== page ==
Earlier tonight I was filming a function with my canon xl1s and before filming began, it prompted me to check the lens and faded to black. I turned the camera off then back on a few times; same result. I removed the lens and reattached it probably six times, giving me about three diffent results upon reapplication. 1. blurry 2. no zoom 3. both.
I am still unable to zoom or focus using both the camera and the lens. I was able to use that camera, but only stationary and no zoom or additional focus. I have since tried it at home and the problem persists!!
An expert who has achieved level 2 by getting 100 points
An expert that got 5 achievements.
An expert who has written 50 answers of more than 400 characters.
An expert whose answer got voted for 20 times.
Re: lens failing to function properly
Possibility is two. 1. If the lens contact to the body is not good so make sure the contacts are clean and position is locked completely. 2. 90% of the solution comes from repair on Main circuit in the lens. Good Luck. For further assistance go to www.camerarepairjapan.com James.
I've been having the same issue... i just now... 30 sec ago, switched the batteries out and it powered up perfectly... the other battery was dead... so is it when the battery drops below a cretin voltage it cant power the lens? Please try this and letme know if it works for you too!
- If you need clarification, ask it in the comment box above.
- Better answers use proper spelling and grammar.
- Provide details, support with references or personal experience.
Tell us some more! Your answer needs to include more details to help people.You can't post answers that contain an email address.Please enter a valid email address.The email address entered is already associated to an account.Login to postPlease use English characters only.
Tip: The max point reward for answering a question is 15.
Rewind the film and try 'dry-firing' the camera, checking to see if the lens is working properly. May be a bad contact between the lens and the body, may just the the film has loaded slightly on the huh.
The flashing low battery symbol is the way Canon film cameras showed that the camera has had an error and has stopped functioning. It can have multiple causes - but for a quick check remove the lens, turn off the camera and then turn it back on - see if the symbol stops flashing. A problem with the lens can also cause this problem (usually a failure of the aperture unit)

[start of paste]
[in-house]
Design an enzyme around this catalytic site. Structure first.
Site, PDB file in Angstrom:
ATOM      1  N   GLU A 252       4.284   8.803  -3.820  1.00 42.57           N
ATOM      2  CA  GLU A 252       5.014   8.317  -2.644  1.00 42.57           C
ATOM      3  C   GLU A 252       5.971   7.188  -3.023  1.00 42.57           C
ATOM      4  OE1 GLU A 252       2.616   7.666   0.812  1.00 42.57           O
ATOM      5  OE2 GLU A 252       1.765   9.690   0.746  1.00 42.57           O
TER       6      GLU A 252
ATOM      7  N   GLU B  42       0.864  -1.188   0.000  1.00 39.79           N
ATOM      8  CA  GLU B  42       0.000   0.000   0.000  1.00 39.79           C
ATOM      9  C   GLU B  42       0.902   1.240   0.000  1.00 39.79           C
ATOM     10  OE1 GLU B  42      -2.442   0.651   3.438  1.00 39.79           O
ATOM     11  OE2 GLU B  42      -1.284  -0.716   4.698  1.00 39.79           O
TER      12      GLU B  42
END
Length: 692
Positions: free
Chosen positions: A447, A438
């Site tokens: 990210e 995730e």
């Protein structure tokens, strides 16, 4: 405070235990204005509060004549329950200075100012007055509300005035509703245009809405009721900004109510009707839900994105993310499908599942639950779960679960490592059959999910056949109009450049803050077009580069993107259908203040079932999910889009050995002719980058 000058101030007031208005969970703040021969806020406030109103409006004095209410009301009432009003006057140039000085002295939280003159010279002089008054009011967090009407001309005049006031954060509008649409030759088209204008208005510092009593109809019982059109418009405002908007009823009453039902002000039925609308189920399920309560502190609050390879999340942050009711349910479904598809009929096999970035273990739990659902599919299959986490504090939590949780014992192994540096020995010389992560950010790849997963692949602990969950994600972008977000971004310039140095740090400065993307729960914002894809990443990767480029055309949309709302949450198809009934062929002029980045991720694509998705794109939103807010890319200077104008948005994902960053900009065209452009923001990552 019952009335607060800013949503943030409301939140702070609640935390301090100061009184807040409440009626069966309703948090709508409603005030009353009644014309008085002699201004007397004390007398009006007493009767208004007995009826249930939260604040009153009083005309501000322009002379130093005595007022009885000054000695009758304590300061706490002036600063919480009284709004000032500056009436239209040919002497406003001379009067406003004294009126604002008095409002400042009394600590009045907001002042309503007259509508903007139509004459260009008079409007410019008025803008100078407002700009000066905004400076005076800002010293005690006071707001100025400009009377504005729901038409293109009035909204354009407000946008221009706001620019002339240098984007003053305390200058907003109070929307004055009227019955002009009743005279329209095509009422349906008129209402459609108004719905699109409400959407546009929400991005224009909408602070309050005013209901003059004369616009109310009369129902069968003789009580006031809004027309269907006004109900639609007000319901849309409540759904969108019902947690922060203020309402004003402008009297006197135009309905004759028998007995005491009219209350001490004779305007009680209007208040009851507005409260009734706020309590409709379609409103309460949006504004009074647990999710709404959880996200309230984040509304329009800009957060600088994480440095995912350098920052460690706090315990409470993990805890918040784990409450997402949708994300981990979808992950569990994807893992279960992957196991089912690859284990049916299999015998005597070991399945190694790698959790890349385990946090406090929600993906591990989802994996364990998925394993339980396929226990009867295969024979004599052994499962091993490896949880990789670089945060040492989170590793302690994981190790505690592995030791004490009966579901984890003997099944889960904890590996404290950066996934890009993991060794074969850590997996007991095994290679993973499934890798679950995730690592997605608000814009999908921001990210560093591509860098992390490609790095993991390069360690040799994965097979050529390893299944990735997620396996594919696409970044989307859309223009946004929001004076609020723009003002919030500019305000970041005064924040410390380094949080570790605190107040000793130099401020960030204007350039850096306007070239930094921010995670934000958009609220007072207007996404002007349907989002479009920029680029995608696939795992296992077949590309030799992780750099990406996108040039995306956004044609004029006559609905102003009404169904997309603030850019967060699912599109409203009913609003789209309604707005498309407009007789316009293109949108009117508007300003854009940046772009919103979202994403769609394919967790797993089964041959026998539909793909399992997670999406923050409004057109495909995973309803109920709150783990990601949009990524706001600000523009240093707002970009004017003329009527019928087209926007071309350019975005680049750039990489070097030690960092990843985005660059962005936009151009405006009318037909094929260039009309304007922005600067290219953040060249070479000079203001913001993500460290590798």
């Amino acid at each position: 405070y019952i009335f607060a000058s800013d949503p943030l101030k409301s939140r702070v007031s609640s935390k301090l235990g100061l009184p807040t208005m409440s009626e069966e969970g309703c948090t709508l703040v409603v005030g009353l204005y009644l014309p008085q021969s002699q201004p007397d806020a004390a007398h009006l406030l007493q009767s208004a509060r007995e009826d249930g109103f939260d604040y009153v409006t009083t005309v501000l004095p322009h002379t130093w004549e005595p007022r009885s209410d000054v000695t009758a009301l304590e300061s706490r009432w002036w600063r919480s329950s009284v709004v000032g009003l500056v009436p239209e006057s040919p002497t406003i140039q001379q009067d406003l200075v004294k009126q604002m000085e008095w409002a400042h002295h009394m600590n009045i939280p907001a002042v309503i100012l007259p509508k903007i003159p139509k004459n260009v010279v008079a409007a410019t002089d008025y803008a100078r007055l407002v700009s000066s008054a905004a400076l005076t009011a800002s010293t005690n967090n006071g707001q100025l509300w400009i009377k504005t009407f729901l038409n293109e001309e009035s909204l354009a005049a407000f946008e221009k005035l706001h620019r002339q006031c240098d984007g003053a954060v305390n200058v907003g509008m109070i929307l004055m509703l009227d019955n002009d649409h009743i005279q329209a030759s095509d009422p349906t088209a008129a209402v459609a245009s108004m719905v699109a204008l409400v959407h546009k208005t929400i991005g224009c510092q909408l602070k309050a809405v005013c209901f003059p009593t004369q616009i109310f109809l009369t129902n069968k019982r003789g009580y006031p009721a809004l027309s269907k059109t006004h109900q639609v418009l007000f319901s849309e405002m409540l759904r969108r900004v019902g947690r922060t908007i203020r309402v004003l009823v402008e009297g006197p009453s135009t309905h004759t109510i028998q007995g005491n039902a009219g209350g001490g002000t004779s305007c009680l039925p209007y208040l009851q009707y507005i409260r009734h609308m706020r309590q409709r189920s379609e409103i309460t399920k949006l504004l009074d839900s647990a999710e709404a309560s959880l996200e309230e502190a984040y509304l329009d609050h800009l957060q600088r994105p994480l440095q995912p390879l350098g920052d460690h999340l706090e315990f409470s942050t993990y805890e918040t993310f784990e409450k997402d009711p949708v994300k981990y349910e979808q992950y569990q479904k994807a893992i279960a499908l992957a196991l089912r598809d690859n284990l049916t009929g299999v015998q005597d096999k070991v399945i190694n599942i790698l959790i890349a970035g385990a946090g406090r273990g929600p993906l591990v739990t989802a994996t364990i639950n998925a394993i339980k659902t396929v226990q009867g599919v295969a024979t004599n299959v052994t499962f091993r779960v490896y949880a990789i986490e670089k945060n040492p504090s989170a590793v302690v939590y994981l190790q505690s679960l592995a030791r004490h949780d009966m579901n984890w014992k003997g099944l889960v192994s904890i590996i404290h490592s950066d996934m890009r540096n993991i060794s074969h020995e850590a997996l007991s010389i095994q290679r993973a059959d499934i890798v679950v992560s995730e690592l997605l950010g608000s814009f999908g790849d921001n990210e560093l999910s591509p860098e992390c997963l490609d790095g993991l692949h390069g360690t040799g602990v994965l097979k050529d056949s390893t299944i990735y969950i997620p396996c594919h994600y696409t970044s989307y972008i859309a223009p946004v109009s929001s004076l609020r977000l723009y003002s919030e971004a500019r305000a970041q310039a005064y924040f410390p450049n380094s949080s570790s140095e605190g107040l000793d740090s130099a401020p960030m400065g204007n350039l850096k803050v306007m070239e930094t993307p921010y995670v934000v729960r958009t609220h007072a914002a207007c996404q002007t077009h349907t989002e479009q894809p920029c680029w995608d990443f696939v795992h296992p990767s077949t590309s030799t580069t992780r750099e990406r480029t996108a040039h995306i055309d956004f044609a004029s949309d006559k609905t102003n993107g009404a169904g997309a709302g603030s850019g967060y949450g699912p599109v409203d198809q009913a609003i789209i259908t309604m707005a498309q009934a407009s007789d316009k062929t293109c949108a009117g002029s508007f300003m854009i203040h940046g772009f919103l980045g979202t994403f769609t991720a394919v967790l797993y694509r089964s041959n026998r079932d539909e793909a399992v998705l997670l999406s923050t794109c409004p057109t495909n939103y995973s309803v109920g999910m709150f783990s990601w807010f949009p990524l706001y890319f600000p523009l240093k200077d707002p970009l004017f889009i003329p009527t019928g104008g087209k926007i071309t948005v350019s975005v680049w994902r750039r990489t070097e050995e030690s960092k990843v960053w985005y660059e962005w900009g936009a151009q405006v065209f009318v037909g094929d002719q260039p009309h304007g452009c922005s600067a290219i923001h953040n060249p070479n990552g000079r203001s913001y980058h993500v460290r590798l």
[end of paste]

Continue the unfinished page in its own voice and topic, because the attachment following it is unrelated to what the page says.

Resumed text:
Are you operating with the selector knob in the green "preset" mode or one of the custom modes? That camera can be set up ten ways from Sunday and it's quite possible that it's in a mode that is damaging quality.
Also, check rear element of lens and sensor for debris.It's got a removable lens and might be dirty. Be EXTREMELY careful cleaning the sensor, Seek guidance. Personally, I've never touch a sensor. A puff of air should do it. Don't touch it with anything. If it looks clean, leave it alone.
Mine did the same thing. I took it to the dealer (always get the extended warranty). They replaced the pump. Problem still there. They then replaced the rack and pinion. Problem solved. Sorry, this might be a big one.
According to its specifications, this lens can use a 72mm filter. So you should be able to get the type lens cap that clips into a 72mm filter to work. Such as the one shown here. I'd recommend you go to a local camera store and try one to make sure it works.
Definitely sounds like there is a problem with the lens. You might be able to get a new one, from canon, considering they have a lifetime warranty on all of their Lenses. Otherwise, it seems that you will have to spend some money.
Hi, check the camera set in auto /manually in auto function, check battery might drain the current , dis engage camera to lense to release the mirror by pressing button beside lense , turn lense in left or right .
Yes, this is a strange issue. Have you dropped the unit, or maybe 'bumped' it or anything similar. I know alot of times, people like to 'hit' their unit, to get it to do things (like eject tape). What people don't realize, is that these machines are prone to damage when hit hard enough (just like anything else).
In any event, this is not an misconfiguration issue, and you won't be able to fix it. You would need to bring it in to a qualified service center for an estimate. Be sure to shop around to find the best price and service. Since parts for these are not cheap, and they are labor intensive.
It sounds like a CPU chip incompatability issue. Sigma has that problem sometimes but are usually very good about rechipping at no cost (at least for Nikon-mount lenses). What did they say when you asked them?